EU backs Balkan free trade pact

The European Union on Wednesday expressed strong backing for efforts by Balkan nations to set up a free trade zone in South East Europe. EU officials said the planned launch of the free trade initiative by Balkan leaders Thursday in Bucharest would help prepare their nations for eventual membership of the Union .

"The developing trade between themselves is an essential part of building closer commercial, economic and political relations with the European Union," said EU Trade Commissioner Peter Mandelson. The meeting of Balkan leaders in the Romanian capital will aim to expand an existing free trade agreement comprising Bulgaria , Romania and Croatia by the end of 2006, to bring in Albania , Bosnia , Macedonia , Moldova , Serbia-Montenegro and Kosovo.

However, Romania and Bulgaria may leave the agreement as they are hoping to join the EU on Jan, 1, 2007 . The free trade agreement is designed to replace a network of 31 bilateral agreements between the Balkan nations.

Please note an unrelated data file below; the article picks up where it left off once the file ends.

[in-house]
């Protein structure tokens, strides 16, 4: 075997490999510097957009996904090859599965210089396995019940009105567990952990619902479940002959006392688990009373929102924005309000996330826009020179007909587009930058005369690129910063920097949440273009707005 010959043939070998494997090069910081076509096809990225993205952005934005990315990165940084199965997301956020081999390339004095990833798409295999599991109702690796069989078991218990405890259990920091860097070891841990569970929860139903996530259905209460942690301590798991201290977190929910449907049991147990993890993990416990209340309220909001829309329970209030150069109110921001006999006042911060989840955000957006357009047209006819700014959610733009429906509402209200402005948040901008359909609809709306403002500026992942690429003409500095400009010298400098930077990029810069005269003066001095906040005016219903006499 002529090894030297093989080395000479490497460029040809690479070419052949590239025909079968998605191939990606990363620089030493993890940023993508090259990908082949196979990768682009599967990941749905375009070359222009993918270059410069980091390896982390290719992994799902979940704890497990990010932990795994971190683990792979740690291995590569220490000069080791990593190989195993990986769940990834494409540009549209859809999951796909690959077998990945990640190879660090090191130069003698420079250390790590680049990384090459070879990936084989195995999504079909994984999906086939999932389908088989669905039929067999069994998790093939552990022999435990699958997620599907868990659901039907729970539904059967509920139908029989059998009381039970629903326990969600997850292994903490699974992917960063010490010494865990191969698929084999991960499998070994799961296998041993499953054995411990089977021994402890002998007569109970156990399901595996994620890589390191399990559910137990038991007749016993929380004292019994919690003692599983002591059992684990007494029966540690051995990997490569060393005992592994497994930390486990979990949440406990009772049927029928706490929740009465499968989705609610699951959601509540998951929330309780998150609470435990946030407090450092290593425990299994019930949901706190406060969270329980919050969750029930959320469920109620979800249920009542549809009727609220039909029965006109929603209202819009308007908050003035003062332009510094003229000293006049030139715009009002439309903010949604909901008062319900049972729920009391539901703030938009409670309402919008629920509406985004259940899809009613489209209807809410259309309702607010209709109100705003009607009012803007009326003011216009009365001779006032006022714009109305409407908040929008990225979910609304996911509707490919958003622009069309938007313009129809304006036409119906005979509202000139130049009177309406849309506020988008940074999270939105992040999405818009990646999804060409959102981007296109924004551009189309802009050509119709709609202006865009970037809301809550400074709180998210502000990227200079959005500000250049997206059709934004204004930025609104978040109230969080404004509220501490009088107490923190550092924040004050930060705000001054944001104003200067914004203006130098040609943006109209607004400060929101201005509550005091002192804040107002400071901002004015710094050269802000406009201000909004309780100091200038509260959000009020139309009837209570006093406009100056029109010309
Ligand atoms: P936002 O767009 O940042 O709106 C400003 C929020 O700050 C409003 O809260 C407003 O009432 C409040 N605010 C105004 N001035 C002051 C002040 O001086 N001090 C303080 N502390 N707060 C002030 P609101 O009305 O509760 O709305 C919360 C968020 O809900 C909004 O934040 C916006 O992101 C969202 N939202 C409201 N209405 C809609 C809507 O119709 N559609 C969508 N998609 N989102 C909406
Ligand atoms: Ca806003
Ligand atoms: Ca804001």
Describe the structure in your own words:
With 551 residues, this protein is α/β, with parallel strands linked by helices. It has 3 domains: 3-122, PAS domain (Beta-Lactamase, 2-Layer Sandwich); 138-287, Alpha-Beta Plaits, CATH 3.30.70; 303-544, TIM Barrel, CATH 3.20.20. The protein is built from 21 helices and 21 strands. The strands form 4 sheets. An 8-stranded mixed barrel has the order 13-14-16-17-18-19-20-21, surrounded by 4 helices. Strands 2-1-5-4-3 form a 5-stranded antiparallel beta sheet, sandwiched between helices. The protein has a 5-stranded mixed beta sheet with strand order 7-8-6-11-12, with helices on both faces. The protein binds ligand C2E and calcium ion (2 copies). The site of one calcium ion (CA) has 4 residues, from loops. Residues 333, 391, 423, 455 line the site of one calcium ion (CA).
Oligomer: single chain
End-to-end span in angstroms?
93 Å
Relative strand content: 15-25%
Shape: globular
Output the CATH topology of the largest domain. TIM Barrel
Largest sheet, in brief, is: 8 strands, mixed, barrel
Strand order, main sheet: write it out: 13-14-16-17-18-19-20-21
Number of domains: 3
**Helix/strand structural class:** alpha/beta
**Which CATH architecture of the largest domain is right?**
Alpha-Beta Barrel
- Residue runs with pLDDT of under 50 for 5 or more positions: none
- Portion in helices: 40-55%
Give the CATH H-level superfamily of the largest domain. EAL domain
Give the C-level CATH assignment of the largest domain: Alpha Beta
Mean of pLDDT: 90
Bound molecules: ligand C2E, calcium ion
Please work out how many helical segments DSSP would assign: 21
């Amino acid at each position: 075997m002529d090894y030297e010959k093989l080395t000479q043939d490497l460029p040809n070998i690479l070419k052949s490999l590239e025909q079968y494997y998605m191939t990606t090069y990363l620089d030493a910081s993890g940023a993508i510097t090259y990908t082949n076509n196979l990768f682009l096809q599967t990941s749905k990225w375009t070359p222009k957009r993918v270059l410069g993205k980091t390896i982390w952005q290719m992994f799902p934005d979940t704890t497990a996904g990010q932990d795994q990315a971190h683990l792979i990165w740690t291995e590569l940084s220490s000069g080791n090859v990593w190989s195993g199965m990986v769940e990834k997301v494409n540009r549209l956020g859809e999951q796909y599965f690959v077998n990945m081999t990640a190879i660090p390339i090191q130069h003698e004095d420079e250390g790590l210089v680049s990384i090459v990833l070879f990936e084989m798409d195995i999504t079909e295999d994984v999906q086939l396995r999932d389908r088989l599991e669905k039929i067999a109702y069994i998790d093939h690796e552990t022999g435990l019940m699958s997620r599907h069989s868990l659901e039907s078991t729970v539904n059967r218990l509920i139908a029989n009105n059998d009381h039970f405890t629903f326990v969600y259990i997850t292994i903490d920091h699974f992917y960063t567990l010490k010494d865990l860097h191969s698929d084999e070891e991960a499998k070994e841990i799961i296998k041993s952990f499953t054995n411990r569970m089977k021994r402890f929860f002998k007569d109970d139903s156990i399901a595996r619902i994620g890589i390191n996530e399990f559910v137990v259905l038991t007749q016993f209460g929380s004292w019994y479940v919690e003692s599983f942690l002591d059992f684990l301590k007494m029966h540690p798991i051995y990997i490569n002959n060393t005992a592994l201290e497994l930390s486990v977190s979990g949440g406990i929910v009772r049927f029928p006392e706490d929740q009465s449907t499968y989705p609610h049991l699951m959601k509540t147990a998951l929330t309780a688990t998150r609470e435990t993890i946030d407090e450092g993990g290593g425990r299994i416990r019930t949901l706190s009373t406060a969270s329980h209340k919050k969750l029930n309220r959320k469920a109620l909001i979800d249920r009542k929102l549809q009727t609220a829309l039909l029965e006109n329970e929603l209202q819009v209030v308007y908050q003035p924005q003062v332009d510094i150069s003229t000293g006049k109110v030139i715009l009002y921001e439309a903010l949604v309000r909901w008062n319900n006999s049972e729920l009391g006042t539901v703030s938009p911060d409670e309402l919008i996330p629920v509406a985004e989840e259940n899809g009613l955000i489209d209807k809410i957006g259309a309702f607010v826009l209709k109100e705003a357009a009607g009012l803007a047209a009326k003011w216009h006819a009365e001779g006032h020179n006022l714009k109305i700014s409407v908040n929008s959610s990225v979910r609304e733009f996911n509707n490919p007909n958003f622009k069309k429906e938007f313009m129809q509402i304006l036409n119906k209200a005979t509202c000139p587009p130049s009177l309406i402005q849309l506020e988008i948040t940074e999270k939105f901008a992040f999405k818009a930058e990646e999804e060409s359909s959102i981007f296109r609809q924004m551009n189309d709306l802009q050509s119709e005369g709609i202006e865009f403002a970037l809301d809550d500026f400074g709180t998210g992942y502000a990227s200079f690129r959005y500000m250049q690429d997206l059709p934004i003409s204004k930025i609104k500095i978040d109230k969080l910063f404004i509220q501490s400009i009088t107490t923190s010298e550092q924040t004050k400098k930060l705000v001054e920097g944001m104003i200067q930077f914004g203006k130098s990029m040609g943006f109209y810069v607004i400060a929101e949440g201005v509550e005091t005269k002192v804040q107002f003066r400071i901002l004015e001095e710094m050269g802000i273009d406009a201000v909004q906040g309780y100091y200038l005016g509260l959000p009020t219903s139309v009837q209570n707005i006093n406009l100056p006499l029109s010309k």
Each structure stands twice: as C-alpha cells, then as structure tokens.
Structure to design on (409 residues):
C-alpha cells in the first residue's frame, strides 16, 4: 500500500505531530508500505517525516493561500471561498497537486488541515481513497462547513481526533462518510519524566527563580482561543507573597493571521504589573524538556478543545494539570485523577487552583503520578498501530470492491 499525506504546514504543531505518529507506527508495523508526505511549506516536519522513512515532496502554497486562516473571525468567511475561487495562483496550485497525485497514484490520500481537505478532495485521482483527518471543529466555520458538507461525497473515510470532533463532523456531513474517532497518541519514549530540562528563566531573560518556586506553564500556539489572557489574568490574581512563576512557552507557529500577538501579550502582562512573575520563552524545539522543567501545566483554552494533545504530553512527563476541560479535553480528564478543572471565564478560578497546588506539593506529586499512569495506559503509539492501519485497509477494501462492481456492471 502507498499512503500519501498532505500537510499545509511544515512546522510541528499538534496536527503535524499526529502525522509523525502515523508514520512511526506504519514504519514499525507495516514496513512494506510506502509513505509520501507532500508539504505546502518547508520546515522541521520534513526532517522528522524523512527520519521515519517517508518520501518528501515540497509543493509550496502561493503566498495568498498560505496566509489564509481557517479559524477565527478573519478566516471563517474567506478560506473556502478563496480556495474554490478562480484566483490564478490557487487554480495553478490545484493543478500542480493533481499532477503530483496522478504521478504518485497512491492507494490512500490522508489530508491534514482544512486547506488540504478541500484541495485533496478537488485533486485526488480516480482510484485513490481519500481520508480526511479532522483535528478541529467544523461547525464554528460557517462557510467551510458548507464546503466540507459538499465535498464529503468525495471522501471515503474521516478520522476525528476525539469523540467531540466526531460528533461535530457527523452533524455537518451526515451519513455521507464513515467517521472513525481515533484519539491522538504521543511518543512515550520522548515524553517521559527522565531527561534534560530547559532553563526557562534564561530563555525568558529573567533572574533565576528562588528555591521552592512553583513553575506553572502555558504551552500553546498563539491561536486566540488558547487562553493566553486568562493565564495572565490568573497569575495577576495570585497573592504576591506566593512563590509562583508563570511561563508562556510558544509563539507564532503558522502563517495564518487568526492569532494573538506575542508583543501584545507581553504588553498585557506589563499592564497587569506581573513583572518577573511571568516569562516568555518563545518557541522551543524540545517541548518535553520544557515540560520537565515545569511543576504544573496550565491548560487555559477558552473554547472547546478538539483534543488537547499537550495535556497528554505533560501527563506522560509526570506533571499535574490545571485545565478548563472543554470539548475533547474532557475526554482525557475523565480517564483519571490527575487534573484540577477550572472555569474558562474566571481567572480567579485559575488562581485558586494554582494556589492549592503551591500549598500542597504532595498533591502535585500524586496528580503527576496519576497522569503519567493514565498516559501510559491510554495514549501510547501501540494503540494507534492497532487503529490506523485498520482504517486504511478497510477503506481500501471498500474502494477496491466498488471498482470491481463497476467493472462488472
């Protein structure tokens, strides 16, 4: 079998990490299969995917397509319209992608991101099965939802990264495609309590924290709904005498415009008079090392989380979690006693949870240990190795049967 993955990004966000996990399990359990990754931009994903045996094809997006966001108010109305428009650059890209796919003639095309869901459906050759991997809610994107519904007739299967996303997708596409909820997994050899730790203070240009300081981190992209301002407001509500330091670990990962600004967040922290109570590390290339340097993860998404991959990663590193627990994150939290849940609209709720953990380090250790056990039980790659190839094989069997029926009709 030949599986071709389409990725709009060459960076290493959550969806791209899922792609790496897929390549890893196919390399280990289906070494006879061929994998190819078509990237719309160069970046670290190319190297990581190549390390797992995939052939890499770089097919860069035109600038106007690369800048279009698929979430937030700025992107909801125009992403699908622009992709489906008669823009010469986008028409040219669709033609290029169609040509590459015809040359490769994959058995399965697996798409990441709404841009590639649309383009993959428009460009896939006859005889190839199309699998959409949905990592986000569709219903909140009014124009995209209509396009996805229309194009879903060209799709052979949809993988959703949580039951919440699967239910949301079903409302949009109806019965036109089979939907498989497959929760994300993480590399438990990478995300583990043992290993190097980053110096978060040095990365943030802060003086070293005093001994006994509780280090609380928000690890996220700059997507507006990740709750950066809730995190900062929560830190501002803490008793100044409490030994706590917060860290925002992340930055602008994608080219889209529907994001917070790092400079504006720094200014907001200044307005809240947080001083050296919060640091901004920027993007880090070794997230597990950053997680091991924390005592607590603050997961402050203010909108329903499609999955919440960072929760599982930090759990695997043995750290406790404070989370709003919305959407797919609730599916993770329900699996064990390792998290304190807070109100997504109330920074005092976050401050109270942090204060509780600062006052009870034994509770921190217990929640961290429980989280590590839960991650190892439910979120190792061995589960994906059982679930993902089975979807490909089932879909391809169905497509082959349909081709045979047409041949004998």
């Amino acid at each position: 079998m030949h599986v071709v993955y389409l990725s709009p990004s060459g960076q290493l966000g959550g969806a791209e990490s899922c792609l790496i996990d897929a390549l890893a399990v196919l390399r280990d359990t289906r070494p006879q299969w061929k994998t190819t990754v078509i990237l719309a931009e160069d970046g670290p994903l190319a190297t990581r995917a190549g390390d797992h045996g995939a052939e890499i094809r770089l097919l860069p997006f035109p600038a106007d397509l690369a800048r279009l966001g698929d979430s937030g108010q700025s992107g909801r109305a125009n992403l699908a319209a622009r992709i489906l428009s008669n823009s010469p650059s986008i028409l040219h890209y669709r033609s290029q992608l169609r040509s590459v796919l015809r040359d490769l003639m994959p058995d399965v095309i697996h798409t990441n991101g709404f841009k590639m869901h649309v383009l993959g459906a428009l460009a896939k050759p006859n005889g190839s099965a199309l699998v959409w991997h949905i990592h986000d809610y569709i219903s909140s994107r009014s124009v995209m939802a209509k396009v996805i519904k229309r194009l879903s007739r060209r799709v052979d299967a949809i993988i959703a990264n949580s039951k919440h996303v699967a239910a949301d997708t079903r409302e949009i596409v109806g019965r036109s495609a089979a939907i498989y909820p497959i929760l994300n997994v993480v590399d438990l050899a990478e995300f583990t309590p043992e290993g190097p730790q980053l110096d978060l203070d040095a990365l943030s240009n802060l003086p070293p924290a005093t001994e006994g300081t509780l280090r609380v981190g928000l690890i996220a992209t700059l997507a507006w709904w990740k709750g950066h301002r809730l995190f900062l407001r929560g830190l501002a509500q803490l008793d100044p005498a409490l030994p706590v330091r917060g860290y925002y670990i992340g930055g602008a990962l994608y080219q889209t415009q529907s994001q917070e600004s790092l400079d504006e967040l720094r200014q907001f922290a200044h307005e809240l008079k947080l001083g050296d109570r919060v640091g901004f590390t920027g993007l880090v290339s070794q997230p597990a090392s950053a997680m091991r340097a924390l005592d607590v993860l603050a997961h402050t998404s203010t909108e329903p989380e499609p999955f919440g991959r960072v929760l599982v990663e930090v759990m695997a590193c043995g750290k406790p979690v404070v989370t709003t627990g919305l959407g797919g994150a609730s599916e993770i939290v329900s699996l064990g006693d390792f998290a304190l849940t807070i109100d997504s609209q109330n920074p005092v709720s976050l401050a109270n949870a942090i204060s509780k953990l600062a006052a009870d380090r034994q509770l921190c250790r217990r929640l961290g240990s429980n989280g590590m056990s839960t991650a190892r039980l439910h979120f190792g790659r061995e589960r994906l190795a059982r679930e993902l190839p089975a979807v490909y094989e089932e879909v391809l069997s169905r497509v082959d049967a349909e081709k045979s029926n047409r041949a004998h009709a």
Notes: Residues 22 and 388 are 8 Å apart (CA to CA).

Mandelson is scheduled to attend the Bucharest meeting along with Olli Rehn, the European commissioner overseeing the EU's contacts with nations seeking to join the bloc. Rehn said the trade agreement would be "a good training ground for economic cooperation in preparation for EU membership."

The EU said the new agreement would simplify trade rules in the region, encouraging international investment. It should establish harmonized rules in areas such as antitrust legislation, government procurement and protection of patents and copyrights.

Trade between the EU and the Balkan nations has grown by 53 percent since 2001, reaching 79 billion (US$97 billion) last year and making the EU the region's biggest trade partner by far. Cross-border trade within the Balkan nations increased by a third from 2002 to 2004 to a total of 3.5 billion (US$4.3 billion), the EU said, reports the AP.


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